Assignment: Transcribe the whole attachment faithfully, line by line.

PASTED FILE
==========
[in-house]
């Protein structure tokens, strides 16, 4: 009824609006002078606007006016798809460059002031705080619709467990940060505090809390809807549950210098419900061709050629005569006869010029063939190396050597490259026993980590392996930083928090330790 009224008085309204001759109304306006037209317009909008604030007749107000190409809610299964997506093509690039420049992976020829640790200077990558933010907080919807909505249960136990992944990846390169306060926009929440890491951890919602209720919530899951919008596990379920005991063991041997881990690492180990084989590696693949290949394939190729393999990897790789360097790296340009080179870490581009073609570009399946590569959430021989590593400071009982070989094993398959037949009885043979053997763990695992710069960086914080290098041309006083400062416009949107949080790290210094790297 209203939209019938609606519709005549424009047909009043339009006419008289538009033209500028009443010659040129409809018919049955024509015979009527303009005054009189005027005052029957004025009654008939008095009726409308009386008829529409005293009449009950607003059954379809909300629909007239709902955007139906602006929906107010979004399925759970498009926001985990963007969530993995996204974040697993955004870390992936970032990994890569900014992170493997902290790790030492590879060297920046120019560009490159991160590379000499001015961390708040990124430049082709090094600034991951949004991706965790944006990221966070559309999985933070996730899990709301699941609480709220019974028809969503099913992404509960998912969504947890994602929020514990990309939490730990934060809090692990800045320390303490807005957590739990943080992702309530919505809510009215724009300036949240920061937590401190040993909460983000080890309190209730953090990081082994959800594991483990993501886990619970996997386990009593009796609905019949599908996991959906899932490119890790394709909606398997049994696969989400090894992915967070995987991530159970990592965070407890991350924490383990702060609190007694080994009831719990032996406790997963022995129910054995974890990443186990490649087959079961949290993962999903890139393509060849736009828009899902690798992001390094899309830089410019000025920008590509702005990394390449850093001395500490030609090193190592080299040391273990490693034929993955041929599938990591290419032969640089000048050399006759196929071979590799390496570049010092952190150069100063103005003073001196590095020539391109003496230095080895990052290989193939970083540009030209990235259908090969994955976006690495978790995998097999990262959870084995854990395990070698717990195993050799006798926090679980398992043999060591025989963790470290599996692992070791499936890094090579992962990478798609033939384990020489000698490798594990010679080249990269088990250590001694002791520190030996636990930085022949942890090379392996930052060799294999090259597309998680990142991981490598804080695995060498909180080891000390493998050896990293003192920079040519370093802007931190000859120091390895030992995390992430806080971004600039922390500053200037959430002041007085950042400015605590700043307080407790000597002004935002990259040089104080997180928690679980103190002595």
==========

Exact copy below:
[in-house]
């Protein structure tokens, strides 16, 4: 009824609006002078606007006016798809460059002031705080619709467990940060505090809390809807549950210098419900061709050629005569006869010029063939190396050597490259026993980590392996930083928090330790 009224008085309204001759109304306006037209317009909008604030007749107000190409809610299964997506093509690039420049992976020829640790200077990558933010907080919807909505249960136990992944990846390169306060926009929440890491951890919602209720919530899951919008596990379920005991063991041997881990690492180990084989590696693949290949394939190729393999990897790789360097790296340009080179870490581009073609570009399946590569959430021989590593400071009982070989094993398959037949009885043979053997763990695992710069960086914080290098041309006083400062416009949107949080790290210094790297 209203939209019938609606519709005549424009047909009043339009006419008289538009033209500028009443010659040129409809018919049955024509015979009527303009005054009189005027005052029957004025009654008939008095009726409308009386008829529409005293009449009950607003059954379809909300629909007239709902955007139906602006929906107010979004399925759970498009926001985990963007969530993995996204974040697993955004870390992936970032990994890569900014992170493997902290790790030492590879060297920046120019560009490159991160590379000499001015961390708040990124430049082709090094600034991951949004991706965790944006990221966070559309999985933070996730899990709301699941609480709220019974028809969503099913992404509960998912969504947890994602929020514990990309939490730990934060809090692990800045320390303490807005957590739990943080992702309530919505809510009215724009300036949240920061937590401190040993909460983000080890309190209730953090990081082994959800594991483990993501886990619970996997386990009593009796609905019949599908996991959906899932490119890790394709909606398997049994696969989400090894992915967070995987991530159970990592965070407890991350924490383990702060609190007694080994009831719990032996406790997963022995129910054995974890990443186990490649087959079961949290993962999903890139393509060849736009828009899902690798992001390094899309830089410019000025920008590509702005990394390449850093001395500490030609090193190592080299040391273990490693034929993955041929599938990591290419032969640089000048050399006759196929071979590799390496570049010092952190150069100063103005003073001196590095020539391109003496230095080895990052290989193939970083540009030209990235259908090969994955976006690495978790995998097999990262959870084995854990395990070698717990195993050799006798926090679980398992043999060591025989963790470290599996692992070791499936890094090579992962990478798609033939384990020489000698490798594990010679080249990269088990250590001694002791520190030996636990930085022949942890090379392996930052060799294999090259597309998680990142991981490598804080695995060498909180080891000390493998050896990293003192920079040519370093802007931190000859120091390895030992995390992430806080971004600039922390500053200037959430002041007085950042400015605590700043307080407790000597002004935002990259040089104080997180928690679980103190002595």